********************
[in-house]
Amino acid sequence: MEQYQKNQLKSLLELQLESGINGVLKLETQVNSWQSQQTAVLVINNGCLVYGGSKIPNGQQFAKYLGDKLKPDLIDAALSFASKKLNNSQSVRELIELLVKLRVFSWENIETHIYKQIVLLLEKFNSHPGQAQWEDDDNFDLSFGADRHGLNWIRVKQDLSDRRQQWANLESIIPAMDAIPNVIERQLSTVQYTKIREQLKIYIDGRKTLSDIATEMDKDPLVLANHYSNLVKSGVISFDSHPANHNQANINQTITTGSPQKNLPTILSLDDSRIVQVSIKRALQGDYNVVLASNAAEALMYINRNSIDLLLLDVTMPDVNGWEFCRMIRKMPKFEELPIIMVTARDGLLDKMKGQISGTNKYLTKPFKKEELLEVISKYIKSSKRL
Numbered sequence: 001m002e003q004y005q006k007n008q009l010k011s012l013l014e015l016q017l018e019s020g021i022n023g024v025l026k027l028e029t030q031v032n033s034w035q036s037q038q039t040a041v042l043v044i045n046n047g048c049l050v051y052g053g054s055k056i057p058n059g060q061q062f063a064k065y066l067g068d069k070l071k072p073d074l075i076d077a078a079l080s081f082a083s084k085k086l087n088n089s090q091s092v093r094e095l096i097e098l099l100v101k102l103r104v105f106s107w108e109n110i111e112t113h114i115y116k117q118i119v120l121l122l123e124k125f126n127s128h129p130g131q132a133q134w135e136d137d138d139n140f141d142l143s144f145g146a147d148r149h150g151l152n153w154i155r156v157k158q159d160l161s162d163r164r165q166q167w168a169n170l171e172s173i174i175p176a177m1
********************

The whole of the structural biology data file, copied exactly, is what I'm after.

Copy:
[in-house]
Amino acid sequence: MEQYQKNQLKSLLELQLESGINGVLKLETQVNSWQSQQTAVLVINNGCLVYGGSKIPNGQQFAKYLGDKLKPDLIDAALSFASKKLNNSQSVRELIELLVKLRVFSWENIETHIYKQIVLLLEKFNSHPGQAQWEDDDNFDLSFGADRHGLNWIRVKQDLSDRRQQWANLESIIPAMDAIPNVIERQLSTVQYTKIREQLKIYIDGRKTLSDIATEMDKDPLVLANHYSNLVKSGVISFDSHPANHNQANINQTITTGSPQKNLPTILSLDDSRIVQVSIKRALQGDYNVVLASNAAEALMYINRNSIDLLLLDVTMPDVNGWEFCRMIRKMPKFEELPIIMVTARDGLLDKMKGQISGTNKYLTKPFKKEELLEVISKYIKSSKRL
Numbered sequence: 001m002e003q004y005q006k007n008q009l010k011s012l013l014e015l016q017l018e019s020g021i022n023g024v025l026k027l028e029t030q031v032n033s034w035q036s037q038q039t040a041v042l043v044i045n046n047g048c049l050v051y052g053g054s055k056i057p058n059g060q061q062f063a064k065y066l067g068d069k070l071k072p073d074l075i076d077a078a079l080s081f082a083s084k085k086l087n088n089s090q091s092v093r094e095l096i097e098l099l100v101k102l103r104v105f106s107w108e109n110i111e112t113h114i115y116k117q118i119v120l121l122l123e124k125f126n127s128h129p130g131q132a133q134w135e136d137d138d139n140f141d142l143s144f145g146a147d148r149h150g151l152n153w154i155r156v157k158q159d160l161s162d163r164r165q166q167w168a169n170l171e172s173i174i175p176a177m1